Two “holier than thou” preachers, one back and one white, visited my office on different days last week but on the same mission. The men are riled up over words I wrote about Chief Justice Roy Moore running for Governor on a 5000-pound statute or monument promoting the Ten Commandments. The white preacher also was not pleased with some words I spoke about Condi Rice on this show. The two evangelical visitors are, to me, Alabamas equivalent of the intolerant Taliban in Afghanistan.
I said to both preachers that Californians are often No.1 in making fools of themselves but Moore seems to brook no competition in his making of Alabama appear the most backward state in the union. I also said Moore has a whole lot of help and mentioned an online Alabama news group that once put out a poster that read, “Increase Your Child’s IQ by up to Eight Points” and followed that with a poster calling for public execution of school children who commit violent acts.
The white preacher wanted me to know that regardless of what I thought, said and tried to make fun of, Judge Moore will be the next governor of Alabama. I said that would not surprise me in the least. In fact, that would be par-for-the-course. I also said that state government in Alabama is located on a hill in Montgomery called “Goat Hill” and that is a perfect name and Moore is the latest justification for the name. The white preacher didn’t seem to grasp that last point.
I explained that long before George “Schoolhouse Door” Wallace (and even before Jeff Davis and Nathan Bedford Forrest) politicians in Alabama made public Asses of themselves on “Goat Hill”. They railed against niggers, high tariffs and Yankees and often in that order, while helping keep Alabama near last in every quality-of-life category. Believe it or not, the Alabama Legislature once passed a law making it a capital offense to put salt on a railroad track. That law was never repealed and remains the law in Alabama.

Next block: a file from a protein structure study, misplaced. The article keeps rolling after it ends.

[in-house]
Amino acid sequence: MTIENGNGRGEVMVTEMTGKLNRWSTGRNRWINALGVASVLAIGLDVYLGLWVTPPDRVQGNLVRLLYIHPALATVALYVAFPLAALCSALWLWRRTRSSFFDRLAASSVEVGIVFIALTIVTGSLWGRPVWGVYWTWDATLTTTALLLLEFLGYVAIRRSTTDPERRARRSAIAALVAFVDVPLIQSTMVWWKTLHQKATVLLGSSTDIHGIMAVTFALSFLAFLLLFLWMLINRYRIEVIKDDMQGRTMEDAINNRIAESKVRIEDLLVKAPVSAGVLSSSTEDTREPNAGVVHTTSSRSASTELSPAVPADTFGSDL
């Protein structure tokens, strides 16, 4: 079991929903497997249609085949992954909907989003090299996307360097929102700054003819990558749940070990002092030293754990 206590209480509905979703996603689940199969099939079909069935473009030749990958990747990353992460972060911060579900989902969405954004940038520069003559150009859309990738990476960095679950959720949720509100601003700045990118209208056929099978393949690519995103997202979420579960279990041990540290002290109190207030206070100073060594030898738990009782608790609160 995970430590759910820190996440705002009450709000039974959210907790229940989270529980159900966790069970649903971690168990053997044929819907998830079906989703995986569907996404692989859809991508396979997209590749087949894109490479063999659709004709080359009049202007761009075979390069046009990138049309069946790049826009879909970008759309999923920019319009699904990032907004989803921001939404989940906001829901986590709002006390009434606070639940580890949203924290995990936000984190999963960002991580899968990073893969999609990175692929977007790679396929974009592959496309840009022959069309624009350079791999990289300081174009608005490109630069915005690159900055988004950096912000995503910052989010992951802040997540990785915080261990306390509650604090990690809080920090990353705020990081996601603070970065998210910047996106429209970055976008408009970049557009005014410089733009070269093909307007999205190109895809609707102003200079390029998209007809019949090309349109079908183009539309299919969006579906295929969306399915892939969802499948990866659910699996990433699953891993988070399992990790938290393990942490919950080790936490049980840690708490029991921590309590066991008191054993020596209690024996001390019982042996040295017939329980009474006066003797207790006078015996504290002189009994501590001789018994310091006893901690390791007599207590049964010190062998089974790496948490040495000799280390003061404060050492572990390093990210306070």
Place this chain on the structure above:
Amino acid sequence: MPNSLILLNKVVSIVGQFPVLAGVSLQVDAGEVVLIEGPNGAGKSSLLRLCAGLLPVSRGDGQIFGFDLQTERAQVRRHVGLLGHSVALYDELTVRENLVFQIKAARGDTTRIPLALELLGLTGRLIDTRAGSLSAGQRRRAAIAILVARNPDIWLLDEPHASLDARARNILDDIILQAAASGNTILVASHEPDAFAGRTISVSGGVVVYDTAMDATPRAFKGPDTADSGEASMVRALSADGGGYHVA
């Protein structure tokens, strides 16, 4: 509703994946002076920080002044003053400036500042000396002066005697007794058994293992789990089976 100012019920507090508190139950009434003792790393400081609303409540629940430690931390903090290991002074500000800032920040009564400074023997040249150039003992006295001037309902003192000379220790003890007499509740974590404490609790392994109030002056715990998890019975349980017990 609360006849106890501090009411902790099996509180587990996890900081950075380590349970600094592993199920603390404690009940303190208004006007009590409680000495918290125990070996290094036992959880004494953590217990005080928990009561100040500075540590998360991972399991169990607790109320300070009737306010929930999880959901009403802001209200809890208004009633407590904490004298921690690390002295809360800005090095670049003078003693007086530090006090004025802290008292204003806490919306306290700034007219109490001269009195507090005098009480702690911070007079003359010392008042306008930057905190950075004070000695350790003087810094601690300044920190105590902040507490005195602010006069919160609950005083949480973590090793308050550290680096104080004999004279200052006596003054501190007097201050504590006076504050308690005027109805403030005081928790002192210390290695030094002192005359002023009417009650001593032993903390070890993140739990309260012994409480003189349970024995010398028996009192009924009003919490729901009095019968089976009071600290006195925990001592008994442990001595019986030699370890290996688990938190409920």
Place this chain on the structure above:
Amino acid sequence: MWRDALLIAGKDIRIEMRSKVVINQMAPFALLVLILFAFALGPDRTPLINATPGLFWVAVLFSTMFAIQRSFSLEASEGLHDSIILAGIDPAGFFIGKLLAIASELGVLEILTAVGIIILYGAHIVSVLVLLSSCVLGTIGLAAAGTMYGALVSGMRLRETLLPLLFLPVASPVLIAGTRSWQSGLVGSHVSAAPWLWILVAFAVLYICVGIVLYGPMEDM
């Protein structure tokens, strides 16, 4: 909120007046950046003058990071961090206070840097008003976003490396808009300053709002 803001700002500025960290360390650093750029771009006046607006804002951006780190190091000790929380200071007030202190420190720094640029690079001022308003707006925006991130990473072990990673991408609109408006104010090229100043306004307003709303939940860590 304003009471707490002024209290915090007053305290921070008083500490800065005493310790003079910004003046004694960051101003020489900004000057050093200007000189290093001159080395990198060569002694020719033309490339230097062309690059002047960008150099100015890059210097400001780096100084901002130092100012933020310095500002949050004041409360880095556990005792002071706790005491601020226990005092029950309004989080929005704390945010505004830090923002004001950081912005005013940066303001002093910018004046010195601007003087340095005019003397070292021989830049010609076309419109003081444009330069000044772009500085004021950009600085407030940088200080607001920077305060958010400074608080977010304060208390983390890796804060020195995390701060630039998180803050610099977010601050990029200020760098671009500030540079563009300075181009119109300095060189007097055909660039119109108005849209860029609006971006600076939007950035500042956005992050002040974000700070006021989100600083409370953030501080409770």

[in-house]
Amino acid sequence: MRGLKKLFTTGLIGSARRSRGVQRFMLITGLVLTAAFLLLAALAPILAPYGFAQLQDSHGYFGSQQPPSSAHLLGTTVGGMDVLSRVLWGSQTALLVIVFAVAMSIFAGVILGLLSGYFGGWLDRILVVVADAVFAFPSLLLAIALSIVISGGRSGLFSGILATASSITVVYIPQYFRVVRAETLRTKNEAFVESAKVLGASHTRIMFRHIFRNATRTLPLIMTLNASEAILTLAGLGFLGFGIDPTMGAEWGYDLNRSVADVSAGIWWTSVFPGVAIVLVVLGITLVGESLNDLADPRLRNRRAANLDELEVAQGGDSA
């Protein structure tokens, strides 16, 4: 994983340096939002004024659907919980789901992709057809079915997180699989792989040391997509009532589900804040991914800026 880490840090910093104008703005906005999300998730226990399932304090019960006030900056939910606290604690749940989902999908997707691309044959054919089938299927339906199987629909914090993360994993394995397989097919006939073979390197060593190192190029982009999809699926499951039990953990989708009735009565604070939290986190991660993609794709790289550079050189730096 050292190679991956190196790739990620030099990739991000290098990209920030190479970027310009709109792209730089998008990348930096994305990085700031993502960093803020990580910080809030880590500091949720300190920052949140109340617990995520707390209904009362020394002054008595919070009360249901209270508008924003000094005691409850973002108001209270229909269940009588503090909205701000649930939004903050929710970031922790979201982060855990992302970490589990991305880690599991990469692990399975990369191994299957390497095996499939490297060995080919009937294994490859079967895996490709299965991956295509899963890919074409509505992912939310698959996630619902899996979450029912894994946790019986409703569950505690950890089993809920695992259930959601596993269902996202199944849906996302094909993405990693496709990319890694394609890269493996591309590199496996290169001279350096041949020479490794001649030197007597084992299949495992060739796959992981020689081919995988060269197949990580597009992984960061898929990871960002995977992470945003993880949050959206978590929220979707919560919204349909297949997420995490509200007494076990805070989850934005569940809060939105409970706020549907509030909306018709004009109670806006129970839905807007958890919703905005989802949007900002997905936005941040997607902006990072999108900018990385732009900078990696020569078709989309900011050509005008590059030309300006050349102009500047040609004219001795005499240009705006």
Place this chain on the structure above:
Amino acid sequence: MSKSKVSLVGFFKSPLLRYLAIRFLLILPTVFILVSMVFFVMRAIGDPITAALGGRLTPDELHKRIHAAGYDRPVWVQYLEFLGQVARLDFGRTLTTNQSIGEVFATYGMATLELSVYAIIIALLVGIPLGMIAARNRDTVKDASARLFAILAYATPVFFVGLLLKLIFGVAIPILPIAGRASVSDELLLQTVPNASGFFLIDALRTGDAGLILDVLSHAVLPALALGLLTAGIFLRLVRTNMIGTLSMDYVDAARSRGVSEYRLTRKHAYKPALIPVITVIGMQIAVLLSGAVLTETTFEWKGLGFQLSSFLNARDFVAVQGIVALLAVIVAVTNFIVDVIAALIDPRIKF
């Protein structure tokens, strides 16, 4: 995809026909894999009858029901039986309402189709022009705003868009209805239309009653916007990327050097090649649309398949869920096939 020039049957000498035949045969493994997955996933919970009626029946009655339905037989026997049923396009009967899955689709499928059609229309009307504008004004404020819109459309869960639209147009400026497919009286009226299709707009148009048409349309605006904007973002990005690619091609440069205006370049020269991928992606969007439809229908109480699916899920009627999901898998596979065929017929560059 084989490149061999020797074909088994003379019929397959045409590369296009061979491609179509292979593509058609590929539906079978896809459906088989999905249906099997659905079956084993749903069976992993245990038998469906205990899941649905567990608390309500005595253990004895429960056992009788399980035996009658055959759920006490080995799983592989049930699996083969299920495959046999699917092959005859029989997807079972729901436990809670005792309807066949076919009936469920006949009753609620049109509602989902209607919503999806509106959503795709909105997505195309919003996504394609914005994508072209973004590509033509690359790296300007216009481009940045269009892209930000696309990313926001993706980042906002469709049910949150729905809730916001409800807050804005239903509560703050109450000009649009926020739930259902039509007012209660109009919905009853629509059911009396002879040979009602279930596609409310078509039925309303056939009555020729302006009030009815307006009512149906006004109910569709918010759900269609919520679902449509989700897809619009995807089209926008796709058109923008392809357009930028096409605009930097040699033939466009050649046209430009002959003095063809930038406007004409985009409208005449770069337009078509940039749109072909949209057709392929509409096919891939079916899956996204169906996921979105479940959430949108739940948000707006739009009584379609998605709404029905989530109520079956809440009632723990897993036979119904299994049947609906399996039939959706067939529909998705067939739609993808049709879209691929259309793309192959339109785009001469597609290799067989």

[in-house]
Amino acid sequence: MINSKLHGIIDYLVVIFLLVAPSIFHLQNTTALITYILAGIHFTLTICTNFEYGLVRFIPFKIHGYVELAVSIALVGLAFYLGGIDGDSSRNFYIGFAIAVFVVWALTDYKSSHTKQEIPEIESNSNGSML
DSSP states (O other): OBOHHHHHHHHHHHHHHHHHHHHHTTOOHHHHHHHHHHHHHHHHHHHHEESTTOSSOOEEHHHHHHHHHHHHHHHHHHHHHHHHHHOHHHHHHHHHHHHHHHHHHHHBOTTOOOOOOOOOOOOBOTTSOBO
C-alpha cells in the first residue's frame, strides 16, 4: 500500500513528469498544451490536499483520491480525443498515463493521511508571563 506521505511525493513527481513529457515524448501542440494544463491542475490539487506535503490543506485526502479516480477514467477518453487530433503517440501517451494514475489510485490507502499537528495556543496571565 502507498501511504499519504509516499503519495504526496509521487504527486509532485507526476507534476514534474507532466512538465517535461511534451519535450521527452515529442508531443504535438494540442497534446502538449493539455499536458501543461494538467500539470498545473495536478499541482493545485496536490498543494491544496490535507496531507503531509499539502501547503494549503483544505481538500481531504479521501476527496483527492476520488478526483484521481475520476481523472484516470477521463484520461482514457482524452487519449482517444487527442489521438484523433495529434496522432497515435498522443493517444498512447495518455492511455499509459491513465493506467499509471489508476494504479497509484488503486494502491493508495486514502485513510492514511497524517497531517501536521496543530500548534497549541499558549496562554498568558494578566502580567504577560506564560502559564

Before Moore burst on the state scene, Alabama Lt. Governor, Steve Windom, while actually presiding over a session of the state senate urinated in a water-cooler jug under the podium. He didn’t want to relinquish the presiding officer’s chair during a filibuster. The urine jug was later dubbed the “Confederate Battle Jug.” During another session of the legislature, Gov. “Fumbling Fob” James cursed on the floor of the House — while seeking support for, of all things, public school prayer. James also said, “No one has a greater appreciation for a classical education than I do,” then defiantly rejected a major tenet of a classical education –evolution — by defiantly adding, “I didn’t descend from an ape.”
James statement reminds me of an unlearned campaign promise by Lester “Ax Handle” Maddox of Georgia who said, “If elected [governor] I will disintegrate the schools.” This ignorant and racist nut invented a word–disintegrate–on the spot! There are many “Goat Hills” in Dixie. I think it goes with segregation, racism and self-righteousness.
The black preacher wanted me to know that Moore and Wallace are not comparable, politically or any other way. The preacher is only half right. Moore and Wallace are both similar and different. Each man qualified as an ambitious, self-styled states rights Alabama politician who defied federal law and led misguided populist revolts, but the similarities probably end there. Wallace founded a political party (the American Independent Party) and wanted to be president but Moore appears to aim no higher than the governors office and would turn Alabama into a quasi-Christian theocracy to get there.